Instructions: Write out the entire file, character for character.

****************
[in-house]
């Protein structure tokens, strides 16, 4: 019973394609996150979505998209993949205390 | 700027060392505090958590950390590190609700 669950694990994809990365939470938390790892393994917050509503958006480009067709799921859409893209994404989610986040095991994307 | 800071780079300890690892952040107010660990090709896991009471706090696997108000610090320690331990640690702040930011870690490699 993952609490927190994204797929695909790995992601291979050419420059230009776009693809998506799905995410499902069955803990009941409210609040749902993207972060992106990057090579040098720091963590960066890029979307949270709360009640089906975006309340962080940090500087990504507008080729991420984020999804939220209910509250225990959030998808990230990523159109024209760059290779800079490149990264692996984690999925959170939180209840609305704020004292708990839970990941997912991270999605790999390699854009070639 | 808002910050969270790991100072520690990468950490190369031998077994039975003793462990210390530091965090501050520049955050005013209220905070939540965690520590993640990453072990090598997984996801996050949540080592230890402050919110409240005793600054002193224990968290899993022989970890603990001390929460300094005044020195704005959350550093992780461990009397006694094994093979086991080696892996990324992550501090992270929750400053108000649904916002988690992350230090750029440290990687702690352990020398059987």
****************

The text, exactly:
[in-house]
């Protein structure tokens, strides 16, 4: 019973394609996150979505998209993949205390 | 700027060392505090958590950390590190609700 669950694990994809990365939470938390790892393994917050509503958006480009067709799921859409893209994404989610986040095991994307 | 800071780079300890690892952040107010660990090709896991009471706090696997108000610090320690331990640690702040930011870690490699 993952609490927190994204797929695909790995992601291979050419420059230009776009693809998506799905995410499902069955803990009941409210609040749902993207972060992106990057090579040098720091963590960066890029979307949270709360009640089906975006309340962080940090500087990504507008080729991420984020999804939220209910509250225990959030998808990230990523159109024209760059290779800079490149990264692996984690999925959170939180209840609305704020004292708990839970990941997912991270999605790999390699854009070639 | 808002910050969270790991100072520690990468950490190369031998077994039975003793462990210390530091965090501050520049955050005013209220905070939540965690520590993640990453072990090598997984996801996050949540080592230890402050919110409240005793600054002193224990968290899993022989970890603990001390929460300094005044020195704005959350550093992780461990009397006694094994093979086991080696892996990324992550501090992270929750400053108000649904916002988690992350230090750029440290990687702690352990020398059987």